The federal government has mandated ambitious increases in fuel economy by ordering car makers to improve the average efficiency of their products without consideration of consumer interest in the kinds of products that would meet those requirements.
The result is that companies (like GMC) that sell only vehicles which are necessarily thirsty (trucks), could be in a lot of trouble unless they can find a way to bend the laws of physics and make the massively heavy and strong trucks that their customers buy sip gas like those little cars retirees tow behind their RVs.
Judging from the mileage of GMC's hybrid pickups, that isn't going to happen soon, which brings us to plan B for such companies; stop selling only trucks. Instead, they will sell cars parading as trucks, so that the cars can offset the lousy average mileage of the trucks.
This way GMC customers can still get the 350 horsepower V-8 heavy metal needed to tow the boat to the lake and the camper to the mountains – even if there is no improvement in that truck's efficiency – so long as it is balanced on the federal scale by the sale of a four-cylinder economy car wearing the same brand label.
In this situation there is no net change in fuel consumption of the big truck and the little car, but because the small car is sold by GMC rather than Scion, the government can tout its success in forcing recalcitrant GMC to be green.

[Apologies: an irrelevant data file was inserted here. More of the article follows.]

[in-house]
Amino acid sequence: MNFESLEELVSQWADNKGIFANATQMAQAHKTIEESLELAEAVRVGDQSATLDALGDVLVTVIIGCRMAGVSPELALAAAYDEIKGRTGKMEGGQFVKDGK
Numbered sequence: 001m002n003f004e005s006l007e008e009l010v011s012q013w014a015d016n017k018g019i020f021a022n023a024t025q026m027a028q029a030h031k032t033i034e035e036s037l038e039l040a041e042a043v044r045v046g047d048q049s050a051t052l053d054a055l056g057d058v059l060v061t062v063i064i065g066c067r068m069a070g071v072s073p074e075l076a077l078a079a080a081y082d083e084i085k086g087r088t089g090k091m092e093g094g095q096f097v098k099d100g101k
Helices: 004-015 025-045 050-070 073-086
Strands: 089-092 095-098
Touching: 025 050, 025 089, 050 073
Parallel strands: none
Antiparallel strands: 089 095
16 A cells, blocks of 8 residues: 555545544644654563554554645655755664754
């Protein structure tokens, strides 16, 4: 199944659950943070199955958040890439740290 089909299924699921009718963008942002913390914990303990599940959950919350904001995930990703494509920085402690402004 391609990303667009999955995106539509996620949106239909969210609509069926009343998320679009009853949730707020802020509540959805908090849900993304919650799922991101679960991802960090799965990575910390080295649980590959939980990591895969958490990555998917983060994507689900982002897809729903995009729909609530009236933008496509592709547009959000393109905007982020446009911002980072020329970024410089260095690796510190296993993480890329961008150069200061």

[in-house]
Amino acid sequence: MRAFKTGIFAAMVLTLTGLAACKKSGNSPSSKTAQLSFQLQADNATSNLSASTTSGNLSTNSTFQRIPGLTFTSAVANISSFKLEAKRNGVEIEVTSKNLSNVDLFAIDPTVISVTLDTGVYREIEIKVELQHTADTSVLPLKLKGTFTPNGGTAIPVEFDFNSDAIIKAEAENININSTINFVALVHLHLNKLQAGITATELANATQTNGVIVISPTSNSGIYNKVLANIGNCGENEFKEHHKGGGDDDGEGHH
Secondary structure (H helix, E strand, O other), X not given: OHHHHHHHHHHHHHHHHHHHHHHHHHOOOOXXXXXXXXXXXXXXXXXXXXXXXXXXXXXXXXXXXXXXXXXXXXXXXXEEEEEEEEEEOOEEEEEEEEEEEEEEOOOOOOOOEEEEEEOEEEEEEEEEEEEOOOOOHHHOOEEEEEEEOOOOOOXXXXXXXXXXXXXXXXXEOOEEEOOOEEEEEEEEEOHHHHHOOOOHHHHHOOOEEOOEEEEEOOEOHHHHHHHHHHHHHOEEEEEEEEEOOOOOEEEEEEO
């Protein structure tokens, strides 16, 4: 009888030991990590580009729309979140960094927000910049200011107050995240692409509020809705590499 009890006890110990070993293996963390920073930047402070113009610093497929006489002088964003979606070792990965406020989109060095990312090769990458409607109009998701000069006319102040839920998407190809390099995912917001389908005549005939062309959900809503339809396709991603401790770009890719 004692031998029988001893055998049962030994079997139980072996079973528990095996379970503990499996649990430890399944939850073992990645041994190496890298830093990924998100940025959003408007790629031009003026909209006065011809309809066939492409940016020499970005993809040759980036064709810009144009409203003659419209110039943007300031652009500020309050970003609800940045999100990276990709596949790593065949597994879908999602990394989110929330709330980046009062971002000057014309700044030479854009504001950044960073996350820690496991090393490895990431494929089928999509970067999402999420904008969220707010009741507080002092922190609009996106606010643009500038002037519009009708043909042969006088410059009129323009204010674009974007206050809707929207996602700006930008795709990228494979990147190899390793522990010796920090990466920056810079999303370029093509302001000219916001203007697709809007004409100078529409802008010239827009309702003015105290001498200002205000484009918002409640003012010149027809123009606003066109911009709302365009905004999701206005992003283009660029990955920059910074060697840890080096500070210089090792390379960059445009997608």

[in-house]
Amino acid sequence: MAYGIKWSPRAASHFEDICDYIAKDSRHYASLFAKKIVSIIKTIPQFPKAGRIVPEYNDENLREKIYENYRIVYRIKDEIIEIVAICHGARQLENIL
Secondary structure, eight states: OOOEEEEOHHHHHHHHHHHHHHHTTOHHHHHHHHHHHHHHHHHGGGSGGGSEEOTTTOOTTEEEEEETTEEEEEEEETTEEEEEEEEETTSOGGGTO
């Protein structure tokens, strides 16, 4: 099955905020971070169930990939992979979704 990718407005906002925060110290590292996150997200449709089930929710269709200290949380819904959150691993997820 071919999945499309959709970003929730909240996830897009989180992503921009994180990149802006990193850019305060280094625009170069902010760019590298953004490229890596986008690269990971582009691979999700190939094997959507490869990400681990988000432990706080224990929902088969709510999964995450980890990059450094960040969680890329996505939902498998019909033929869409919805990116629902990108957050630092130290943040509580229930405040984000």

Enter the GMC Granite. Two feet shorter than the Terrain compact SUV, the Granite would be the smallest GMC product ever if it goes into production. This slab-sided box is built on GM's small car underpinnings and in concept form it is powered by the company's turbocharged 1.4-liter four-cylinder engine matched to a dual-clutch six-speed automated manual transmission for optimum efficiency.
"We call it an 'urban utility vehicle' and our goal was redefining what the GMC name could mean to a new generation of customers looking for both bold design and functionality," said Lisa Hutchinson, product marketing director for GMC.
As is seemingly mandatory for such concept vehicles, the Granite wears rear-hinged "suicide" rear doors that highlight interior space to onlookers but which are too wildly impractical in everyday life for production. That is, unless you are a product planner for the Honda Element or Toyota FJ Cruiser.
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About the Author
Dan Carney is a veteran auto industry observer who has written for MSNBC.com, Motor Trend, AutoWeek, The Wall Street Journal, The New York Times, Popular Mechanics, Popular Science, Better Homes and Gardens and other publications. He has authored two books, "Dodge Viper" and "Honda S2000" and is a juror for the North American Car of the Year award. Carney covers the industry from the increasingly strategic location of Washington, D.C.